White-collar crime
A type of crime generally seen as non-violent or involving more sophisticated “business-related” schemes rather than violence or the threat of violence. Such crimes include tax fraud (evasion, false tax returns, failure to file tax returns), money laundering (any attempt to hide money derived from illegal sources), bribery, bankruptcy fraud, environmental fraud, health care fraud and many others.
Willful Blindness
Legal principle that operates in money laundering cases in the U.S. and is defined by courts as the “deliberate avoidance of knowledge of the facts” or “purposeful indifference.” Courts have held that willful blindness is the equivalent of actual knowledge of the illegal source of funds or of the intentions of a customer in a money laundering transaction.
Wire Transfer
Electronic transmission of funds among financial institutions on behalf of themselves or their customers. Wire transfers are financial vehicles covered by the regulatory requirements of many countries in the anti-money laundering effort.
Wolfsberg Group
Named after the castle in Switzerland where its first working session was held, the Wolfsberg Group is an association of global financial institutions, including Banco Santander, Bank of Tokyo-Mitsubishi, Barclays, Citigroup, Credit Suisse Group, Deutsche Bank, Goldman Sachs, HSBC, J.P. Morgan Chase, Société Générale and UBS. In 2000, along with Transparency International and experts worldwide, the institutions developed global anti-money laundering guidelines for international private banks. Since then, it has issued several other guidelines on correspondent banking and terrorist financing, among others. See www.wolfsberg-principles.com.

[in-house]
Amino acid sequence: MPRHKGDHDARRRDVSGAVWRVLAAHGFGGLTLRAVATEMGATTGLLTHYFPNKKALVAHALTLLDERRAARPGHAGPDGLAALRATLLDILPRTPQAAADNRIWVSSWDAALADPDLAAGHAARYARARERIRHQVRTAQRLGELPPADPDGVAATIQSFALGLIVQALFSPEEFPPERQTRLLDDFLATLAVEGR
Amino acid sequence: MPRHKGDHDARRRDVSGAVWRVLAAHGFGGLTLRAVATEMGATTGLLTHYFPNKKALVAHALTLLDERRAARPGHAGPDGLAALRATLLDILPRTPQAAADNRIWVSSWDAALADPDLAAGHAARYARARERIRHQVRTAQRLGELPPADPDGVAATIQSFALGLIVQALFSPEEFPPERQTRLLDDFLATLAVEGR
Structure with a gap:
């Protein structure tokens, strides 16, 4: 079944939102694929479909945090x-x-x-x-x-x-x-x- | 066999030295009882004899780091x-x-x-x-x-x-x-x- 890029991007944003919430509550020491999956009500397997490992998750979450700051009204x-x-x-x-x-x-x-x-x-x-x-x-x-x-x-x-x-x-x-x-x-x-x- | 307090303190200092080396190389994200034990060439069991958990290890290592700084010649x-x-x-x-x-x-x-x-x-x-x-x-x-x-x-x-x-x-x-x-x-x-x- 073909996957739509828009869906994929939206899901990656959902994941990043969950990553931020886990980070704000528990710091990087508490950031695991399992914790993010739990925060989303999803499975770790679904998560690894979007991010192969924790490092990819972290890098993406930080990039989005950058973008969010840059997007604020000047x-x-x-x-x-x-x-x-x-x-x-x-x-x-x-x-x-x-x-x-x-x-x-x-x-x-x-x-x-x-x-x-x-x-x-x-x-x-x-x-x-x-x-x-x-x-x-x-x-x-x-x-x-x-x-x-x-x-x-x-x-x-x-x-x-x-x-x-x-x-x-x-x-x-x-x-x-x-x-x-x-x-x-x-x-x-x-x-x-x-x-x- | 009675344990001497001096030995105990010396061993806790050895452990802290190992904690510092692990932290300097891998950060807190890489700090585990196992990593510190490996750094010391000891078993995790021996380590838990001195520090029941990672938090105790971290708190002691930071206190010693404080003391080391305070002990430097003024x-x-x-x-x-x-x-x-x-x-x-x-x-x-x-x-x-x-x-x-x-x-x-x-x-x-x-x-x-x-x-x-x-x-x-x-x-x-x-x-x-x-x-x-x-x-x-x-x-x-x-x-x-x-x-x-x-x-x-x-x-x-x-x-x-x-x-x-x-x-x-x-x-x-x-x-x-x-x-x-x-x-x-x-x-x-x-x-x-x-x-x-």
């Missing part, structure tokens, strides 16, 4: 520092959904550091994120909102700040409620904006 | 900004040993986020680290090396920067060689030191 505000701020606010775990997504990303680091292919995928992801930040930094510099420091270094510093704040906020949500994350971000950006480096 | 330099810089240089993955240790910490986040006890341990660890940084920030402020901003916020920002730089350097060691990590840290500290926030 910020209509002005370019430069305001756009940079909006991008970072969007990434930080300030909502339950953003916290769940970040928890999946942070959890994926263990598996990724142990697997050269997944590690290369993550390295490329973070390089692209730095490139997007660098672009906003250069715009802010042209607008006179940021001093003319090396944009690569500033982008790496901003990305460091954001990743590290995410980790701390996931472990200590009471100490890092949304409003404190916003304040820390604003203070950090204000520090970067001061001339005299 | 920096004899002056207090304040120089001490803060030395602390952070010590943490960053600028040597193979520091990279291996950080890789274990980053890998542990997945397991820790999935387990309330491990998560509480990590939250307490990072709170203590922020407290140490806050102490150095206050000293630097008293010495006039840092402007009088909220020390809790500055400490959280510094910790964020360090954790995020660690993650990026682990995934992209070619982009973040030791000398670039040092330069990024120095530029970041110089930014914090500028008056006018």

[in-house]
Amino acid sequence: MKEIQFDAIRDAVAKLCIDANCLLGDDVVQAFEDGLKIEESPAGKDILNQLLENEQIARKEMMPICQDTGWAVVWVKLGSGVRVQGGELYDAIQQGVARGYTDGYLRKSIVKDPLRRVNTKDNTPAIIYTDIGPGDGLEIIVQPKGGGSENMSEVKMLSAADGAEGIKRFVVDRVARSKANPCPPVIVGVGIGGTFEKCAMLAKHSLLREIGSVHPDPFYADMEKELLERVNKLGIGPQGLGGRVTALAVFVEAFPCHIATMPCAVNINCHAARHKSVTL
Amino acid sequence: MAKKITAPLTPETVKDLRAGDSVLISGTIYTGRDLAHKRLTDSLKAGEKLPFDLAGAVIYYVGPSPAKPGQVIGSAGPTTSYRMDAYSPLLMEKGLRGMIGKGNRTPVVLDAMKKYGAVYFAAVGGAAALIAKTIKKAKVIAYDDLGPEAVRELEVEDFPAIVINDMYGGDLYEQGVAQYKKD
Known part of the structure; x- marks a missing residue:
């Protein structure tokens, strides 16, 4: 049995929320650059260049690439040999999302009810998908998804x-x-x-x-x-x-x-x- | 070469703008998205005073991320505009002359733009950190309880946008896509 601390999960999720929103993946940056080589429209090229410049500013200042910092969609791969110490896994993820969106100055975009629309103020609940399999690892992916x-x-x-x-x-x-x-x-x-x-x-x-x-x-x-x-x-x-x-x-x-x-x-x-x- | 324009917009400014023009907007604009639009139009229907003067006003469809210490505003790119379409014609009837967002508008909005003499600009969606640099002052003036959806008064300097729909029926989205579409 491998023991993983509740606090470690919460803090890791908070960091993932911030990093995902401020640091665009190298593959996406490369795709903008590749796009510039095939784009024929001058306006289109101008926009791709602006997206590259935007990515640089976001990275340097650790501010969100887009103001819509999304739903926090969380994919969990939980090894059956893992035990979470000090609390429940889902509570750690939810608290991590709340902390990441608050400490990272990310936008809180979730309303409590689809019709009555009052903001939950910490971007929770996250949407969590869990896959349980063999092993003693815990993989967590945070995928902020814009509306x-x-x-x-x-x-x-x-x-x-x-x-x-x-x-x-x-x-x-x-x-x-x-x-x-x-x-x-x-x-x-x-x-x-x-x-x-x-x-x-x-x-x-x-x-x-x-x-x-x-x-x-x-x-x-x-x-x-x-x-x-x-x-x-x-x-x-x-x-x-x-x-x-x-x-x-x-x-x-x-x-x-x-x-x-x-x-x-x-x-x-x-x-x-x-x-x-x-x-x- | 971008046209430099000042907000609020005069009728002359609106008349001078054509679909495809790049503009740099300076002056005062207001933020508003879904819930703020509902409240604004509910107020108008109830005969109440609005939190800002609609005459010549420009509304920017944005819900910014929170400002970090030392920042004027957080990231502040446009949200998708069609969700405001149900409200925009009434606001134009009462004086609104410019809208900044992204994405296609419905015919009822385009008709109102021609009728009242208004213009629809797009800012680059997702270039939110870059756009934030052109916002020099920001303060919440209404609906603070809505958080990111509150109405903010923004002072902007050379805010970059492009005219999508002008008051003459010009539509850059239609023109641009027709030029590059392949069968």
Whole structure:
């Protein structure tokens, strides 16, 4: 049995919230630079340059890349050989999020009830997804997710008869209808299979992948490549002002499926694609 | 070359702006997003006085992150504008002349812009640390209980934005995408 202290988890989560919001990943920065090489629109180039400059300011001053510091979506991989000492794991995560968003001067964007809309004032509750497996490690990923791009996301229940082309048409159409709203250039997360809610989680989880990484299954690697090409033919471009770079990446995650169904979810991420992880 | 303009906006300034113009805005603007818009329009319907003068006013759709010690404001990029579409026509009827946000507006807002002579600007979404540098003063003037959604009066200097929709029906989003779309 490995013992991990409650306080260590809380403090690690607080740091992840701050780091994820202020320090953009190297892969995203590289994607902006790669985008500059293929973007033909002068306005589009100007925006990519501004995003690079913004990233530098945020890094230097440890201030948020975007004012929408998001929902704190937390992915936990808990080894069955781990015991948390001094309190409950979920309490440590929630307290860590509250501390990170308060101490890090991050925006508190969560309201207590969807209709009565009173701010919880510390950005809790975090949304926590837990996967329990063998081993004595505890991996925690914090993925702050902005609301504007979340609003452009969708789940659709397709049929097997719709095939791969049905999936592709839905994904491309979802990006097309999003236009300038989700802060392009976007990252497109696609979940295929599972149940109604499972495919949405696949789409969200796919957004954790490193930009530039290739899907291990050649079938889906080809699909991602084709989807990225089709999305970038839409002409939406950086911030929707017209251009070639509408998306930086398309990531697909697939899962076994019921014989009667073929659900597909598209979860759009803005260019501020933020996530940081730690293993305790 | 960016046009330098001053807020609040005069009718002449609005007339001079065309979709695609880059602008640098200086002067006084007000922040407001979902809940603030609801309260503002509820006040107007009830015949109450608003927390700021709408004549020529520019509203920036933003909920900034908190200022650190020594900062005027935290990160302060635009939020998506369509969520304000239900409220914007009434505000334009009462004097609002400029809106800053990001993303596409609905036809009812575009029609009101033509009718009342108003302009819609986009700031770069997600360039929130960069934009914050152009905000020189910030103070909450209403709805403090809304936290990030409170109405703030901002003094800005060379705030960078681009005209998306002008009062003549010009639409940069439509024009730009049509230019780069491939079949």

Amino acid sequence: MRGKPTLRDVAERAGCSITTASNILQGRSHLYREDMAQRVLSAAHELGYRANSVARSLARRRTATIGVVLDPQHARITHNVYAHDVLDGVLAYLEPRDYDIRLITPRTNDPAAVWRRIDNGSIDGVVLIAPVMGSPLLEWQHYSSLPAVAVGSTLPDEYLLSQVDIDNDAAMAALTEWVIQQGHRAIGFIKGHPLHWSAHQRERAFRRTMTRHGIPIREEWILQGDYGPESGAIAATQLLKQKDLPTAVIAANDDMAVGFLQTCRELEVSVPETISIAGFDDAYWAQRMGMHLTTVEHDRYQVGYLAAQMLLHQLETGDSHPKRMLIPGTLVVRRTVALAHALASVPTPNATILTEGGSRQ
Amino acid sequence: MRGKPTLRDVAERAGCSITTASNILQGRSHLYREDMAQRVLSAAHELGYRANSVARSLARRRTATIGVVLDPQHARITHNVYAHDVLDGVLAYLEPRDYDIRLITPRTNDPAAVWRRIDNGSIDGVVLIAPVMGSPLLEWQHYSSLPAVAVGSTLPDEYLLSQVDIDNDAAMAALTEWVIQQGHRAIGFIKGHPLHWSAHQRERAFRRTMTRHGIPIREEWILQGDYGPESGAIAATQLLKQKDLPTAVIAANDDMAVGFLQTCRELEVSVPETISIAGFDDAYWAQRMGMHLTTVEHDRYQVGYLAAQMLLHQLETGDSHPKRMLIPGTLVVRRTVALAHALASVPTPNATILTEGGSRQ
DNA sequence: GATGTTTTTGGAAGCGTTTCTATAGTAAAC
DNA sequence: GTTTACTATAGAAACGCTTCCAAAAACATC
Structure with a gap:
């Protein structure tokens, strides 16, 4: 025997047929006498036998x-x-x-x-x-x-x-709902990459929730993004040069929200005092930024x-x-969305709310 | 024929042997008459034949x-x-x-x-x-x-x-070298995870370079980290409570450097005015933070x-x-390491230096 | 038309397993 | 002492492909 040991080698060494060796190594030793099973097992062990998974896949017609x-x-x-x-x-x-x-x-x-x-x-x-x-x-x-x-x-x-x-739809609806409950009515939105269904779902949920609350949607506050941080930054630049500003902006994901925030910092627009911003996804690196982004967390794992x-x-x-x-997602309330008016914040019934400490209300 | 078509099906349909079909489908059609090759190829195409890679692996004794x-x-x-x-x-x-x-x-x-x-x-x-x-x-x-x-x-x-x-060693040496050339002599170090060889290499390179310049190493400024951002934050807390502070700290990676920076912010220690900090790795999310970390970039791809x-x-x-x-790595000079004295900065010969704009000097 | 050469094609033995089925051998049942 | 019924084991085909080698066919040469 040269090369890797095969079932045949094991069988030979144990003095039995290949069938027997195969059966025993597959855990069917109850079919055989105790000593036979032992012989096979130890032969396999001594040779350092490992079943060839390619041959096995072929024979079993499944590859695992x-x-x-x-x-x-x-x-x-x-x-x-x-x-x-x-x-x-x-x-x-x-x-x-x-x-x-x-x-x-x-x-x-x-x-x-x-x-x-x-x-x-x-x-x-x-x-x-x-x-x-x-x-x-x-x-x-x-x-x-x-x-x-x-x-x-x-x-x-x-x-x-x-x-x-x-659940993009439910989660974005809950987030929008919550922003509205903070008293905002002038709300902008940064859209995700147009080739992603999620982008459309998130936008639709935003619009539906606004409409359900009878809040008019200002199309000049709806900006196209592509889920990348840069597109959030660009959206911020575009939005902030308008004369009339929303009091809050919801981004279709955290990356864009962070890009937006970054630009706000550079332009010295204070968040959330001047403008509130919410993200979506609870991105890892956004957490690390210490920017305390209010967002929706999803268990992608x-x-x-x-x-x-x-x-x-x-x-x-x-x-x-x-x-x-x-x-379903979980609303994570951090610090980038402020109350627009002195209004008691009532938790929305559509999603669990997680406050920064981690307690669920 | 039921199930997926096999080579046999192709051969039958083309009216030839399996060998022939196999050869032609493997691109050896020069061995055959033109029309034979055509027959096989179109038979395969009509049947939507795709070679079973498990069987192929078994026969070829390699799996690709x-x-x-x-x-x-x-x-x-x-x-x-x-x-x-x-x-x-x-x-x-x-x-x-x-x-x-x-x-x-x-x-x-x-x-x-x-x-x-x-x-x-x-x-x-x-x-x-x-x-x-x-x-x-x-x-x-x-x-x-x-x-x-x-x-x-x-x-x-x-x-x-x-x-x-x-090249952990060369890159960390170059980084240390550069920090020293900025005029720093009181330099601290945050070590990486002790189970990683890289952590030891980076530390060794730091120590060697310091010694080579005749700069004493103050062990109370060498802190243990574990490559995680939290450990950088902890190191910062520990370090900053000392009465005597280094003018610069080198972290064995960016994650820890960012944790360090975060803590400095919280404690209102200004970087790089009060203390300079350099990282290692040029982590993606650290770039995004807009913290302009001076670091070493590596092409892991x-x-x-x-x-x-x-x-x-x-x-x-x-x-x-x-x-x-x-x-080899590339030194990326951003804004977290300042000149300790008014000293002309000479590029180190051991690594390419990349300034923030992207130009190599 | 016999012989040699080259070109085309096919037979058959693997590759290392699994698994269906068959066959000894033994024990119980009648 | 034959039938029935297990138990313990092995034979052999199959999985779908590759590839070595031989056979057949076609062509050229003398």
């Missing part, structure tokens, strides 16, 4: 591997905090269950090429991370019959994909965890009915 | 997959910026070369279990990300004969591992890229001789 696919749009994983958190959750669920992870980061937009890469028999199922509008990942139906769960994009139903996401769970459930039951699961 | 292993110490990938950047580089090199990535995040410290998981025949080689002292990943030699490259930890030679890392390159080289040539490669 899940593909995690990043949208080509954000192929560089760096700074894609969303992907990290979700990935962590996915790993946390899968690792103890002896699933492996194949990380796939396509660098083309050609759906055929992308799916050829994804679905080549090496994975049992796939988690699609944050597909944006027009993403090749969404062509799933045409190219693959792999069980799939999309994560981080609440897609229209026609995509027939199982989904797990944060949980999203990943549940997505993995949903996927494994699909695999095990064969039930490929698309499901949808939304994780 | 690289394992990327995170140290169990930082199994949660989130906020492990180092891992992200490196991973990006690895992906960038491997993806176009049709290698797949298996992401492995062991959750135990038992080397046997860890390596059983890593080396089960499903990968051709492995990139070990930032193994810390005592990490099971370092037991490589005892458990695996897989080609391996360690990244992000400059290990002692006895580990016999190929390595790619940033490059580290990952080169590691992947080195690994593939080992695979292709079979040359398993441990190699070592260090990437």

World Bank
The World Bank is a vital source of financial and technical assistance to developing countries. It is not a bank in the usual sense, but is made up of two unique development institutions owned by 184 member countries—the International Bank for Reconstruction and Development (IBRD) and the International Development Association (IDA). Both organizations provide low-interest loans, interest-free credit, and grants to developing countries. In 2002, the IMF and the World Bank launched a 12-month pilot program to assess countries’ anti-money laundering and counter-terrorist financing measures. The World Bank and the IMF, in conjunction with FATF, developed a common methodology to conduct such assessments based on the FATF’s 40 Recommendations. See www.worldbank.org.